This is a very hard movie to rate, as one has to take into account not only the entertainment value, but it's historic value as well. As an entertainment entity, I believe it fails. Scenes between three different tales keep alternating, and it isn't until the end of the movie that one finally realizes how they all tie together. (Jules Verne's books "20,000 Leagues..." and "Mysterious Island", are both intertwined into the plot of the movie, along with a storyline created just for the film.) Add to that an inordinate amount of time showing underwater shots which, while I'm sure were wonderful in their day, were eclipsed long ago by the likes of Jacques Cousteau, and you have both a confusing, and rather boring film.

That said, if one views this movie from an historic perspective, it can be quite enjoyable. After all, this was made in 1916, and was one of the first films to have such underwater photography. The octopus, as an extremely early special effect, would be quite convincing, if it weren't for the readily apparent fake eyes.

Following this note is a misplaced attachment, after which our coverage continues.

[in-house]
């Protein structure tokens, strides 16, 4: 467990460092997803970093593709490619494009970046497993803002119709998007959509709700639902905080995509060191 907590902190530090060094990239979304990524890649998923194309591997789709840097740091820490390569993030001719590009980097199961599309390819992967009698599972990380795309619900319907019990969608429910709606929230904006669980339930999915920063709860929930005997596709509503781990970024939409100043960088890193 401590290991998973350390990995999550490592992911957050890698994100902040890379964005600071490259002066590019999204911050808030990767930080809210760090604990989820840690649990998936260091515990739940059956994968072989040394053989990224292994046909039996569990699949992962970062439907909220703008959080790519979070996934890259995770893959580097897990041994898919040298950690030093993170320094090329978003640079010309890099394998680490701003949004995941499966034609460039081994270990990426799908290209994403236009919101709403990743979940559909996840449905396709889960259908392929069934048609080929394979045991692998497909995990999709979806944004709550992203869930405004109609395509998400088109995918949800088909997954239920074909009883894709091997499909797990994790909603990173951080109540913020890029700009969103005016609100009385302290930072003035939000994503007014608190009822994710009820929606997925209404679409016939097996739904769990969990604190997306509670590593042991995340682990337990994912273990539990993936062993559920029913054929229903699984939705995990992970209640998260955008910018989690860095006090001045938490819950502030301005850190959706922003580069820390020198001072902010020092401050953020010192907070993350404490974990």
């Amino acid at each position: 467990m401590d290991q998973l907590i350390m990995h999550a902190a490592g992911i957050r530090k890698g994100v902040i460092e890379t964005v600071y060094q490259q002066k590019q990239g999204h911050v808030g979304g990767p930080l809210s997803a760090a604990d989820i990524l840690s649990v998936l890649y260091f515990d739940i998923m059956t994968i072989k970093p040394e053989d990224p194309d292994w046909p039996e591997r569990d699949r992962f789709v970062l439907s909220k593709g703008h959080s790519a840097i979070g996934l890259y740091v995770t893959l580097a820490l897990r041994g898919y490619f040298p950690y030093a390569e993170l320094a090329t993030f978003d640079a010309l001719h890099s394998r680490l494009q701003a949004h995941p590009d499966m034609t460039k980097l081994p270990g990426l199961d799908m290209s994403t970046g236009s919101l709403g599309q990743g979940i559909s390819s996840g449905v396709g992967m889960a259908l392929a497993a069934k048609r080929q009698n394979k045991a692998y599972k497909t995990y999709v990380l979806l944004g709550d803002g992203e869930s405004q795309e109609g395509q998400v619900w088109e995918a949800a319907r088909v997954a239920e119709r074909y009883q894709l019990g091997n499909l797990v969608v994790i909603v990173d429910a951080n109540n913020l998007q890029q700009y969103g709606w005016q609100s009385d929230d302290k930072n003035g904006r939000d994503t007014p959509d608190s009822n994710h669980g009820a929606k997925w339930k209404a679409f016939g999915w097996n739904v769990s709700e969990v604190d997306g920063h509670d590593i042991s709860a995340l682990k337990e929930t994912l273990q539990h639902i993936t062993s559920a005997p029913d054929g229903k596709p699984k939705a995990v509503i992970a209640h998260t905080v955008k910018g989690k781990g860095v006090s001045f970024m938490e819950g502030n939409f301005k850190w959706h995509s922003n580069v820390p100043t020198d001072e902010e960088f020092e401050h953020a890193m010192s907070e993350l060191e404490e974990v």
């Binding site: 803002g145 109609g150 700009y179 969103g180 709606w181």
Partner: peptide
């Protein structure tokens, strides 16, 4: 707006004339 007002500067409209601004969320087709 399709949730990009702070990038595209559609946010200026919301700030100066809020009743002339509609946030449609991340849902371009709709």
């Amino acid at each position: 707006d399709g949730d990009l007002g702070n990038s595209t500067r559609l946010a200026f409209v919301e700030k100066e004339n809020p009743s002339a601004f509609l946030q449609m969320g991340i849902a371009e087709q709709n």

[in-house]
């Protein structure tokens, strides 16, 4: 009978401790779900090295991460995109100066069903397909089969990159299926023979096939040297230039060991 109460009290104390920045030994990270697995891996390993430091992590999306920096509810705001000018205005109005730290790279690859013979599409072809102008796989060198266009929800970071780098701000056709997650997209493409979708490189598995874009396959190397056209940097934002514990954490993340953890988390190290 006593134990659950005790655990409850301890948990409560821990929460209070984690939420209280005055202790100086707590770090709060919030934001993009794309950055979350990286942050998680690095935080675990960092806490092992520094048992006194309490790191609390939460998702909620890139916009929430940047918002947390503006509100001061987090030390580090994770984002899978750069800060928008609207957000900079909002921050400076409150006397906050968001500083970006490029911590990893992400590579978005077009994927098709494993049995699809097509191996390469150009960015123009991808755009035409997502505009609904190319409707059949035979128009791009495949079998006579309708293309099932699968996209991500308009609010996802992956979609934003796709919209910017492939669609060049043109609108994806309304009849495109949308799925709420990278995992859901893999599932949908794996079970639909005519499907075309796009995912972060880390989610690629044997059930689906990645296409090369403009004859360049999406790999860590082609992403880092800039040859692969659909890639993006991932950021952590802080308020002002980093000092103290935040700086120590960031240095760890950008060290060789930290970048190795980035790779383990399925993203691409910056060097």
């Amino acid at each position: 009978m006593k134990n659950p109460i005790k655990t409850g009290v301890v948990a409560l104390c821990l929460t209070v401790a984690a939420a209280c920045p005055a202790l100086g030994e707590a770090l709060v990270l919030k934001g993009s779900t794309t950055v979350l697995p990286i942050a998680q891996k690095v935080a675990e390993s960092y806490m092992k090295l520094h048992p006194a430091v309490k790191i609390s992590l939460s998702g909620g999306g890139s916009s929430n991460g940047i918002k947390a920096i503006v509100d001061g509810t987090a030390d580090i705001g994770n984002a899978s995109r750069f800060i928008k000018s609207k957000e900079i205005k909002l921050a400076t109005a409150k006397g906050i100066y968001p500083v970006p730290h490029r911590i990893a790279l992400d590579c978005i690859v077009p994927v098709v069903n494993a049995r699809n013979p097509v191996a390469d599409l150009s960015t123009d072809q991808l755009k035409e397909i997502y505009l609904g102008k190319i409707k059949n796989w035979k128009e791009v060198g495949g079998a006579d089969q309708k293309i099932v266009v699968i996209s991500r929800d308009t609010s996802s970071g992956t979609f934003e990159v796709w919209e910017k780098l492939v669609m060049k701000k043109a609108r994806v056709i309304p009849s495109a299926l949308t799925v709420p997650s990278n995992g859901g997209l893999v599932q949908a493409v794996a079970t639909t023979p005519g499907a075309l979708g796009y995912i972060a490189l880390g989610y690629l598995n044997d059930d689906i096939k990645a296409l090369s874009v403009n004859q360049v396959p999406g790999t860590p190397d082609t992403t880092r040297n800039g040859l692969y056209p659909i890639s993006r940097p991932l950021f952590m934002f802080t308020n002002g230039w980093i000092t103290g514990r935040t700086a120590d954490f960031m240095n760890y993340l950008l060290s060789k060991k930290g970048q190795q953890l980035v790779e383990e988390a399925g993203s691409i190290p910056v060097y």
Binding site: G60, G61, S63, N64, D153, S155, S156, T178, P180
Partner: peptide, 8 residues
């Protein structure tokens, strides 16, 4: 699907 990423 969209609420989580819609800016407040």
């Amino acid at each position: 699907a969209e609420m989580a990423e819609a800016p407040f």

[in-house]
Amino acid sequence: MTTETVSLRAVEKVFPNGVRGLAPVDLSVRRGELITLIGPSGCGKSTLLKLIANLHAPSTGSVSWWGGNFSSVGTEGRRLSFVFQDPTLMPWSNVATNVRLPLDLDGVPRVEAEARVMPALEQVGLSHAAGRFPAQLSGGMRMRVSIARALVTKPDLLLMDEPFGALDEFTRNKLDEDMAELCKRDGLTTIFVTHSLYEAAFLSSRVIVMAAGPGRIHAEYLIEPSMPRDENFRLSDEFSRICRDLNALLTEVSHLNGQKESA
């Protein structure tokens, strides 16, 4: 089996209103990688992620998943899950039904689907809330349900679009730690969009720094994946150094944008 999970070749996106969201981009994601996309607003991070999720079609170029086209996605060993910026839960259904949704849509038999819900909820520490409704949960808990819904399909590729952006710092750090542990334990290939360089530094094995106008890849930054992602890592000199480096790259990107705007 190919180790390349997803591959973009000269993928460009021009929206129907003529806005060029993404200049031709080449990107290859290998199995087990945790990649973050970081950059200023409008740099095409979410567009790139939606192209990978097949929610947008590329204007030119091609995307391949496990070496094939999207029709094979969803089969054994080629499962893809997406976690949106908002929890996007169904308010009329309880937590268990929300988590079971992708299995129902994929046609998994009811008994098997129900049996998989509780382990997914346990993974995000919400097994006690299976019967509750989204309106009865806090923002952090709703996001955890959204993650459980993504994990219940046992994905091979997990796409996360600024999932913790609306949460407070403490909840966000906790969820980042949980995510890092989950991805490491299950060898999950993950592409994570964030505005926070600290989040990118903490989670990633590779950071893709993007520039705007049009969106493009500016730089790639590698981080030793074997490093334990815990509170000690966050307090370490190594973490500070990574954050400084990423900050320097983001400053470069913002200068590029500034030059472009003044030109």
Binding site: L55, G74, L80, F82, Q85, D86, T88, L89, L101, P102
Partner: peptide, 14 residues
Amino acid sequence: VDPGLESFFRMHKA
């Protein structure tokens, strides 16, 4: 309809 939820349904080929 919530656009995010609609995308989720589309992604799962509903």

As for the DVD, the source used was quite good, considering the age of the film. I can't say how it would look on a large monitor, and I'm guessing that it is probably interlaced. However, on my smaller widescreen TV, it looked quite nice. The musical accompaniment was wonderful. It fit both the era of the film, and was scene appropriate.

The transfer may have benefitted from windowboxing (to make up for overscan), as some of the intertitles are pretty tight. However, given this is a 1999 release, I think it looks quite good.

If you are interested in cinema history, I would recommend this disc. However, if you are looking for pure entertainment, go with the 1954 version of the film (which is quite a different story, too).